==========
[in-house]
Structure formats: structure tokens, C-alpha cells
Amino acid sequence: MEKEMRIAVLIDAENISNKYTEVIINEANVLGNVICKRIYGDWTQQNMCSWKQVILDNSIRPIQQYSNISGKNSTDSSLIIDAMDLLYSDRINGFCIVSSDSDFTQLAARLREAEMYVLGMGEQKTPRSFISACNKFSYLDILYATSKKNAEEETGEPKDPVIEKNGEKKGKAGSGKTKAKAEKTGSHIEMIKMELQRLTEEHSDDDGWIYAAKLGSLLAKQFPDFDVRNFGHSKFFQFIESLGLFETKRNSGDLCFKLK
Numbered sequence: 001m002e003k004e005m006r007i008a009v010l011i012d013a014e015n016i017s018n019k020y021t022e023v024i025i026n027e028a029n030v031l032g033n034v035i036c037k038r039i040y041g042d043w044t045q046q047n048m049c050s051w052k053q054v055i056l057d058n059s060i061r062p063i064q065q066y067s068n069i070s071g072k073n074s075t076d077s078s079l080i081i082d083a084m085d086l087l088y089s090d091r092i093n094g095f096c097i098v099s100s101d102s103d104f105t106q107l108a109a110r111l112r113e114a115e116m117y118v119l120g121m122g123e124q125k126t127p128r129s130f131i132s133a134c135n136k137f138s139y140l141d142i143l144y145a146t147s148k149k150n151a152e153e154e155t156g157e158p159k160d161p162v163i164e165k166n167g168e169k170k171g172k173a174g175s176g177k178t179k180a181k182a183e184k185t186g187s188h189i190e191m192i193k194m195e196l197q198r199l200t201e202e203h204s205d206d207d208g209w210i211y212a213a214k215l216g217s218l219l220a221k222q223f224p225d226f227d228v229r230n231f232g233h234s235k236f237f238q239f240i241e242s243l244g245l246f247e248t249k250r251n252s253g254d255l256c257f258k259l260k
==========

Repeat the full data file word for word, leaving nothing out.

[in-house]
Structure formats: structure tokens, C-alpha cells
Amino acid sequence: MEKEMRIAVLIDAENISNKYTEVIINEANVLGNVICKRIYGDWTQQNMCSWKQVILDNSIRPIQQYSNISGKNSTDSSLIIDAMDLLYSDRINGFCIVSSDSDFTQLAARLREAEMYVLGMGEQKTPRSFISACNKFSYLDILYATSKKNAEEETGEPKDPVIEKNGEKKGKAGSGKTKAKAEKTGSHIEMIKMELQRLTEEHSDDDGWIYAAKLGSLLAKQFPDFDVRNFGHSKFFQFIESLGLFETKRNSGDLCFKLK
Numbered sequence: 001m002e003k004e005m006r007i008a009v010l011i012d013a014e015n016i017s018n019k020y021t022e023v024i025i026n027e028a029n030v031l032g033n034v035i036c037k038r039i040y041g042d043w044t045q046q047n048m049c050s051w052k053q054v055i056l057d058n059s060i061r062p063i064q065q066y067s068n069i070s071g072k073n074s075t076d077s078s079l080i081i082d083a084m085d086l087l088y089s090d091r092i093n094g095f096c097i098v099s100s101d102s103d104f105t106q107l108a109a110r111l112r113e114a115e116m117y118v119l120g121m122g123e124q125k126t127p128r129s130f131i132s133a134c135n136k137f138s139y140l141d142i143l144y145a146t147s148k149k150n151a152e153e154e155t156g157e158p159k160d161p162v163i164e165k166n167g168e169k170k171g172k173a174g175s176g177k178t179k180a181k182a183e184k185t186g187s188h189i190e191m192i193k194m195e196l197q198r199l200t201e202e203h204s205d206d207d208g209w210i211y212a213a214k215l216g217s218l219l220a221k222q223f224p225d226f227d228v229r230n231f232g233h234s235k236f237f238q239f240i241e242s243l244g245l246f247e248t249k250r251n252s253g254d255l256c257f258k259l260k